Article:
DegreeMaster of Philosophy
SubjectAuditory hallucinations
Motor ability
Schizophrenia
Dept/ProgramPsychiatry
Persistent Identifierhttp://hdl.handle.net/10722/225226

 

DC FieldValueLanguage
dc.contributor.authorLaw, Chi-sing-
dc.contributor.author羅志昇-
dc.date.accessioned2016-04-28T06:50:59Z-
dc.date.available2016-04-28T06:50:59Z-
dc.date.issued2016-
dc.identifier.citationLaw, C. [羅志昇]. (2016). Altered action awareness in schizophrenia patients with passivity experiences and auditory hallucinations. (Thesis). University of Hong Kong, Pokfulam, Hong Kong SAR. Retrieved from http://dx.doi.org/10.5353/th_b5736697-
dc.identifier.urihttp://hdl.handle.net/10722/225226-
dc.description.abstractThe deficit in motor self-monitoring is suggested to explain the passivity experiences and even auditory verbal hallucinations (AVH). It is proposed that the loss of the sense of agency in these strange experiences originates from abnormalities in the motor control system. When executing an action, the central nervous system sends out the corresponding motor commands for suitable muscular contractions. An efference copy (EC) (a copy of the motor command) will be made, for computing a prediction of motor consequences. Discrepancies between the predicted state and the actual state imply alien interruption, generating possibly the judgments about alien agency's control over the movement. An abnormal occurrence of this discrepancy is thought to be underlying the passivity experiences or even AVH. Ample evidences have shown that schizophrenia patients performed worse in motor related tasks that requires access to the EC and the predicted state. Patients with passivity experiences or AVH (patients with relevant symptoms) demonstrated even greater anomaly than those without. However, most of the tasks adopted involved complex cognitive processes or required verbal report of experiences. Patients with passivity experiences have poor general cognitive functions and may have an eccentric criterion in making judgment, thus affecting the tasks’ validities. The current study proposes two paradigms that tried to investigate the abnormalities of EC and predicted state in the motor control system of the patients with relevant symptoms. The two paradigms aimed to measure the direct influences of EC and predicted state in motor performances and are designed to eliminate as much cognitive processes involvement as possible. In both paradigms, three groups were recruited: (a) schizophrenia patients with clinically significant AVH or passivity experiences; (b) schizophrenia patients without the relevant symptoms and (c) normal controls. Both paradigms focused on the influences of the EC and predicted state of one action on another separate action. The first paradigm focused on the influence of them on a subsequent action and the second paradigm focused on the influence of them on a simultaneous action. The first paradigm required subjects to replicating their previous voluntary movement, which should be more accurate than when replicating a passive movement. The second paradigm required subjects to unload an object on one hand with the other hand. This voluntary action should stabilize the loaded hand when unloading objects comparing to passive unloading, due to an anticipation of movements. In both paradigms, the performances of the patients with relevant symptoms significantly deviated from the control groups. In the first paradigm, the patients with relevant symptoms replicate their action much worse than controls; in the second paradigm, the patients with relevant symptoms have their hands fluctuated significantly stronger. Unlike the patients with relevant symptoms, both the control groups demonstrated utilization of EC and the predicted states. The findings strongly suggest that deficit in motor self-monitoring in the predictors process associated strong with passivity experiences and AVH. The link between motor performances and the experience of AH should be highlighted.-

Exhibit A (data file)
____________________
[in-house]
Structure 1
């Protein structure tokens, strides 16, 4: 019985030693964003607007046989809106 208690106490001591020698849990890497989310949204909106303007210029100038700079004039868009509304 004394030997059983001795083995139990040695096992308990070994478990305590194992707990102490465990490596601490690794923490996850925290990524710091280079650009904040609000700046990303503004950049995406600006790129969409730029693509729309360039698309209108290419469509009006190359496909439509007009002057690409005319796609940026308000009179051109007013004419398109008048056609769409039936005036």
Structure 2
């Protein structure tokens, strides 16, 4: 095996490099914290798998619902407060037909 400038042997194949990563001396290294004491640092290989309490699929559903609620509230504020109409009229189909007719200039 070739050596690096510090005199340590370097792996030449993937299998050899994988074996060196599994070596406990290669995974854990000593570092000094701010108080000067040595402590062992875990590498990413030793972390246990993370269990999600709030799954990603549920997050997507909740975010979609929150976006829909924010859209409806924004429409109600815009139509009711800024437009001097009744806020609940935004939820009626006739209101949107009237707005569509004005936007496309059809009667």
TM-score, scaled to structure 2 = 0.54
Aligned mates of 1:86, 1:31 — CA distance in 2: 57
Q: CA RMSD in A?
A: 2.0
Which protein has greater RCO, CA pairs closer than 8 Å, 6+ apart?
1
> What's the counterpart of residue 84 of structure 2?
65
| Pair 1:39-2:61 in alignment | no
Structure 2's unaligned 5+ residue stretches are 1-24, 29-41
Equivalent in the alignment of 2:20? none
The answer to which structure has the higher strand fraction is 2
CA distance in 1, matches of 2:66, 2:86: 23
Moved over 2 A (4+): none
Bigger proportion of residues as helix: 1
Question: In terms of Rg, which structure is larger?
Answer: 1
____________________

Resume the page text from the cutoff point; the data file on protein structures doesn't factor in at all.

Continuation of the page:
dc.languageeng-
dc.publisherThe University of Hong Kong (Pokfulam, Hong Kong)-
dc.relation.ispartofHKU Theses Online (HKUTO)-
dc.rightsCreative Commons: Attribution 3.0 Hong Kong License-
dc.rightsThe author retains all proprietary rights, (such as patent rights) and the right to use in future works.-
dc.subject.lcshAuditory hallucinations-
dc.subject.lcshMotor ability-
dc.subject.lcshSchizophrenia-
dc.titleAltered action awareness in schizophrenia patients with passivity experiences and auditory hallucinations-
dc.typePG_Thesis-
dc.identifier.hkulb5736697-
dc.description.thesisnameMaster of Philosophy-
dc.description.thesislevelMaster-
dc.description.thesisdisciplinePsychiatry-
dc.description.naturepublished_or_final_version-